ASISA’s views on Regulation 28

  1. Regulation 28 exists to prevent an undue concentration of assets and illiquid assets from being included in the investment portfolios of retirement funds, thereby placing the long-term investment outcomes for retirement fund members at risk.

Since 2011, Regulation 28 has permitted retirement fund to invest up to 35% of their portfolios in unlisted assets within the following limitations:

  • Up to 10% in unlisted equity;
  • Up to 25% of debt instruments listed on an exchange by a company without listed equity and 15% if the debt instrument is not listed;
  • Up to 10% in private equity; and
  • Up to 2.5% in “other” assets.

Campher explains that ASISA is of the view that the above limits do not prevent increased investment in infrastructure. He adds that the following considerations have been raised with National Treasury for further discussion:

  • Since investable retirement fund assets belong to members, infrastructure projects must offer a competitive risk adjusted return.
  • Since provident funds by their contractual design have a need for more liquid investments, listed and liquid project bonds would make it easier for them to invest in infrastructure.
  • Infrastructure projects tend to be unlisted. Direct infrastructure investing is best suited to large defined benefit funds. However, the largest defined benefit retirement funds namely the Government Employees Pension Fund (GEPF), Transnet Pension and Provident Funds, and the Telkom Pension Fund, are not regulated by the Pensions Funds Act and so are not subject to Regulation 28.
  • A pipeline of viable infrastructure projects with contractually reliable sources of income must be available, which is currently not the case.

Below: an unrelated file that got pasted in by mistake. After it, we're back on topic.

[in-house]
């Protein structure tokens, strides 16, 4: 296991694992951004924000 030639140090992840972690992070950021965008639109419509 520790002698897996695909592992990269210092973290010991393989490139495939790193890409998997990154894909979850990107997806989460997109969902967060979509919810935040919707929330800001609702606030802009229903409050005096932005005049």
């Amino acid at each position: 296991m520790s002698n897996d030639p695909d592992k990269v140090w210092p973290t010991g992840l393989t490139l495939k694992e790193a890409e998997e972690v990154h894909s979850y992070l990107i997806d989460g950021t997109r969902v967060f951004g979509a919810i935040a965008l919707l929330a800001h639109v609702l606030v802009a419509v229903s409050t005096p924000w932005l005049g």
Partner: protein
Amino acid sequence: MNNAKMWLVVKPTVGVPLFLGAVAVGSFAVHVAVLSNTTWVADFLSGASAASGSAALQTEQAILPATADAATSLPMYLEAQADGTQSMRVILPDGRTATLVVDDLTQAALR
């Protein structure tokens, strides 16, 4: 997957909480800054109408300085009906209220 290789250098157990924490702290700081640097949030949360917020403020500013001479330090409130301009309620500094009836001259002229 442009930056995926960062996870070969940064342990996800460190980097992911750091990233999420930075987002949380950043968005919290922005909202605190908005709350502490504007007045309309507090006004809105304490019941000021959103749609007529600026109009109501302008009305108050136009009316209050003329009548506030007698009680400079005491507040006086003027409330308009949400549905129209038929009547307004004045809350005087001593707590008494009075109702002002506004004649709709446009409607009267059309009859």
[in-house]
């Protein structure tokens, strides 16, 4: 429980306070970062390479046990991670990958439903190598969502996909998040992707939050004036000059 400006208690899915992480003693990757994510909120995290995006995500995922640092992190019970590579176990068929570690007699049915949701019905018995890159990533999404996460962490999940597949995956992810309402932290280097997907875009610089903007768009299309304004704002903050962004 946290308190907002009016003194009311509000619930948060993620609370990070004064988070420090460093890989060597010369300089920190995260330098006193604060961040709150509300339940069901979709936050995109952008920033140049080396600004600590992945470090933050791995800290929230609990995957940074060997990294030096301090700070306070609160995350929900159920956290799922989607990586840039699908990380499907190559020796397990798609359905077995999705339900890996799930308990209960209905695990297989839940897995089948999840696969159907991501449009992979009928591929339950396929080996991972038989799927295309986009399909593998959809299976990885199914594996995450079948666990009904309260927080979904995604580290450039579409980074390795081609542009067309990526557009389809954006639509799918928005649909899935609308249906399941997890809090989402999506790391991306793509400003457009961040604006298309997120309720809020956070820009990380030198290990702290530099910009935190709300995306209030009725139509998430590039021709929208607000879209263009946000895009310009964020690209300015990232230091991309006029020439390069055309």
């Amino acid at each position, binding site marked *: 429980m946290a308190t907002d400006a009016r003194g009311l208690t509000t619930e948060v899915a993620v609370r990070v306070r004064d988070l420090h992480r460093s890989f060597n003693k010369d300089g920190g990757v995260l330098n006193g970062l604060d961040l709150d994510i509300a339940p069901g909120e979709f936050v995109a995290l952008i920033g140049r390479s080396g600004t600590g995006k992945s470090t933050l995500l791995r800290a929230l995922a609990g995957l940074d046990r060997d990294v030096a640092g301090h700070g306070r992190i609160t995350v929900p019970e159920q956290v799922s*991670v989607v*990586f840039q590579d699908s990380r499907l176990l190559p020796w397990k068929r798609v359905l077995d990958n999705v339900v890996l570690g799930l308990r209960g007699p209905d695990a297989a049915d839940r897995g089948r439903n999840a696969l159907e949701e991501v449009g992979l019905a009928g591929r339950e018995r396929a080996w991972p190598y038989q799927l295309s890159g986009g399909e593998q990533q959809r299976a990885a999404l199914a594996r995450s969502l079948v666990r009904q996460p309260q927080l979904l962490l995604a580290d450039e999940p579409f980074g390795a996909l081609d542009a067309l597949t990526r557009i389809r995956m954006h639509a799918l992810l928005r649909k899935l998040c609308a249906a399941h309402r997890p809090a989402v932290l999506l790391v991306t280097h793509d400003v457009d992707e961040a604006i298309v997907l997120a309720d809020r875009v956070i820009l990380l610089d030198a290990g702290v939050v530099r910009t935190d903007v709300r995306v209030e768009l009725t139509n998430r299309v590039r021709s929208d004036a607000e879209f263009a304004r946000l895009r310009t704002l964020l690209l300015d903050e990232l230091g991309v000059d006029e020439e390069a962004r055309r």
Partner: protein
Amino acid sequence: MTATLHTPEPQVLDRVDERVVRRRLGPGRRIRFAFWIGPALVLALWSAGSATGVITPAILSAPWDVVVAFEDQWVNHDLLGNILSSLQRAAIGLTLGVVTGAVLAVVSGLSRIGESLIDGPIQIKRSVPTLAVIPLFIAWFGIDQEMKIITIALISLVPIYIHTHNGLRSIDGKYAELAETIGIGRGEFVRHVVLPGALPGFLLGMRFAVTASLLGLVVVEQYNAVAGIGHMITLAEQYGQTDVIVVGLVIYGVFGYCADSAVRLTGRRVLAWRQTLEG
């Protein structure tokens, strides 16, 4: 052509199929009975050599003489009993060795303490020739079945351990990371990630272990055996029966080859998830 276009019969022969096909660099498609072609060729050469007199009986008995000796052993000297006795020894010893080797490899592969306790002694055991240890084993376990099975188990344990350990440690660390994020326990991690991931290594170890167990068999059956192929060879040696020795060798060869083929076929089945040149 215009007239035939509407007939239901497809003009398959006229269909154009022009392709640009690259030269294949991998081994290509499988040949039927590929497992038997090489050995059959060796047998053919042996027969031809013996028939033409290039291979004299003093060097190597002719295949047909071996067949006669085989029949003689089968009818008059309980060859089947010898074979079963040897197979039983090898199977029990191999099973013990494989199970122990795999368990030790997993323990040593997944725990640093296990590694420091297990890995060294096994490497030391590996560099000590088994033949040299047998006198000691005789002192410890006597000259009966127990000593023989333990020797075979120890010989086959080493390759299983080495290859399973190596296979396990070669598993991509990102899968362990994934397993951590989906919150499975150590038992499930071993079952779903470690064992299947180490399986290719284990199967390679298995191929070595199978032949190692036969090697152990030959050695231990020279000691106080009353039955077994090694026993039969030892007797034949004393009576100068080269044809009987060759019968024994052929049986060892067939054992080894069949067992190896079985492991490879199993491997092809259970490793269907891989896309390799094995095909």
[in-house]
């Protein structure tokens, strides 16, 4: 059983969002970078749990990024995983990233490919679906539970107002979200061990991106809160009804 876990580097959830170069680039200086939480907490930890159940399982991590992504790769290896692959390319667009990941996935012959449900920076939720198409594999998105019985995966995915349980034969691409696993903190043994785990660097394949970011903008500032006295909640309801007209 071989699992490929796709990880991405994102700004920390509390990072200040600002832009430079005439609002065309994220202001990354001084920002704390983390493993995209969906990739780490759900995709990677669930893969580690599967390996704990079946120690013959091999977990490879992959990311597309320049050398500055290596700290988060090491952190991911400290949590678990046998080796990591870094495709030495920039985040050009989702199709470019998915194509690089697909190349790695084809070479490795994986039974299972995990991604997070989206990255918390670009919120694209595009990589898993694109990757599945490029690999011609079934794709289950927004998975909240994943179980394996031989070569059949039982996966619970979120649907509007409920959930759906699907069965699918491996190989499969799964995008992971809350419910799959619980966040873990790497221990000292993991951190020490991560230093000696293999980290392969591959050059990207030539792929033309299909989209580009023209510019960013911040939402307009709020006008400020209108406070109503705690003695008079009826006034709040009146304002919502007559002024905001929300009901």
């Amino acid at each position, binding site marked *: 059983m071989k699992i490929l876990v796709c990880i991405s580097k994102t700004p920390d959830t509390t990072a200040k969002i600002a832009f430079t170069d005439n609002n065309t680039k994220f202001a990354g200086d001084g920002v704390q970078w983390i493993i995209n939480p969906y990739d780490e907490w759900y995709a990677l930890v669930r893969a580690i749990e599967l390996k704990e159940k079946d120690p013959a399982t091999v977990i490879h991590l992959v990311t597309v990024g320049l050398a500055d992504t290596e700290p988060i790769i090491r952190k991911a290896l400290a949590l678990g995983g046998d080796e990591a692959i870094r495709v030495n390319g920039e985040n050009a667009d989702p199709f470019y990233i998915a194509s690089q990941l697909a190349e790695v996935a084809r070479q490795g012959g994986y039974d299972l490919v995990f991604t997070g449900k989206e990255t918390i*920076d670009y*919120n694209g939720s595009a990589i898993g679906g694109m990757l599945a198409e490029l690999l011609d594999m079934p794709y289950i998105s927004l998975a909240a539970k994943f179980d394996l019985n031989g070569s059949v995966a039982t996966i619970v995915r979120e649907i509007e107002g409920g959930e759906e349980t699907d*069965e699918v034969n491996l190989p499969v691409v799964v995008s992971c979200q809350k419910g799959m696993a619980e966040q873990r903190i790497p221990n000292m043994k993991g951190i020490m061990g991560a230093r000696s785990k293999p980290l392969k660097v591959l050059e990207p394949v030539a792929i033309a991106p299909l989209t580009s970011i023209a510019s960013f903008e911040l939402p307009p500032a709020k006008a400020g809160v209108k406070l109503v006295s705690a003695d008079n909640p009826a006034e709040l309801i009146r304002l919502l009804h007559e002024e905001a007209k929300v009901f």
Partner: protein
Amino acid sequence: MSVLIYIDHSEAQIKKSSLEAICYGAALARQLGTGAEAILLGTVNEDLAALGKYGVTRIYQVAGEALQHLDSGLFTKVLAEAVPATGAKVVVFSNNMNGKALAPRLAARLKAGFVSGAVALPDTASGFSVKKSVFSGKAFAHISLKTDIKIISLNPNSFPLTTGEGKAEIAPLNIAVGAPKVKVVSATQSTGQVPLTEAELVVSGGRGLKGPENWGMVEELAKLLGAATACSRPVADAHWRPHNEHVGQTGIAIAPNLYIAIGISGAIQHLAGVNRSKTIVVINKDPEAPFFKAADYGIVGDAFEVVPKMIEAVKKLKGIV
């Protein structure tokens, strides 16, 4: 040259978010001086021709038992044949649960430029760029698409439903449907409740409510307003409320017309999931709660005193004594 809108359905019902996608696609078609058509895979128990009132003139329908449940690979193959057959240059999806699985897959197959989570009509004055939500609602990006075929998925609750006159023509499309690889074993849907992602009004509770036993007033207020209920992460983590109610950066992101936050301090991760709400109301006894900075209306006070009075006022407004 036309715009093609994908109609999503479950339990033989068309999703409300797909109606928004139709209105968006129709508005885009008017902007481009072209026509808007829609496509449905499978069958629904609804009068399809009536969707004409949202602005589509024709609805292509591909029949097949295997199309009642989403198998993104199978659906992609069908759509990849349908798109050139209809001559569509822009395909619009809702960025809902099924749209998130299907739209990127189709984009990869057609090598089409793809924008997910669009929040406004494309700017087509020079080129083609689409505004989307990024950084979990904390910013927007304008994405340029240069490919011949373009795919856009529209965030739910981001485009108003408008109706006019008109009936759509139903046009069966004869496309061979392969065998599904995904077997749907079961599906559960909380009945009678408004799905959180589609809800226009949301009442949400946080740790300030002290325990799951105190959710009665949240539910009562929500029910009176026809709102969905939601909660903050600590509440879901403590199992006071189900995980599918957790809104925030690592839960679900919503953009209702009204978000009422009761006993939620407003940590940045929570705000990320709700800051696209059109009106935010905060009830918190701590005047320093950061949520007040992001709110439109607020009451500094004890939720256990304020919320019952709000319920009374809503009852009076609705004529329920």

Campher points out that retirement funds are not the only investors in infrastructure projects. He explains that seed funding for infrastructure projects is generally provided by the banks and development finance institutions (DFIs), who take their return and exit once a project is up and running. If the project is viable and attractive, life insurers and other investors come in by buying equity and providing additional loan capital to replace the money provided by the banks.

Developing investable infrastructure projects

Campher says ASISA and its members have always maintained that they are willing to support bankable infrastructure projects. “To this end ASISA has been engaging with various parts of government over the past eight years towards creating an enabling environment for the private sector to assist government in the financing of infrastructure.”

He says the formation of the Investment and Infrastructure Office (IIO) in the Presidency (soon to become Infrastructure South Africa), headed by Dr Kgosientsho Ramokgopa, has been able to remove many of the blockages that previously hampered infrastructure investment in South Africa. The first tangible delivery has been the recent gazetting of strategic infrastructure projects worth R340 billion.

Campher says that for the first time infrastructure projects are being coordinated from one central point, which has facilitated a streamlined and efficient process. He adds that ASISA and the banks are working closely with the IIO to help capacitate the office with skills.

In conclusion, Campher reiterates that:

  • ASISA and its members remain strongly opposed to prescription.
  • ASISA and its members do not believe that the government is considering bringing in prescription of assets.
  • Regulation 28 sets investment limits and amendments to these limits do not equate to prescription.
  • ASISA is of the view that the current Regulation 28 provisions do not prevent increased investment in infrastructure.
  • The problem in South Africa has been the lack of investable infrastructure projects.
  • Retirement funds would consider investing in well-structured viable infrastructure projects. This should not be confused with pumping money into State-Owned Enterprises (SOEs).

For a detailed overview of ASISA’s views on prescription as well as insights from the Financial Sector Conduct Authority (FSCA), please visit our website.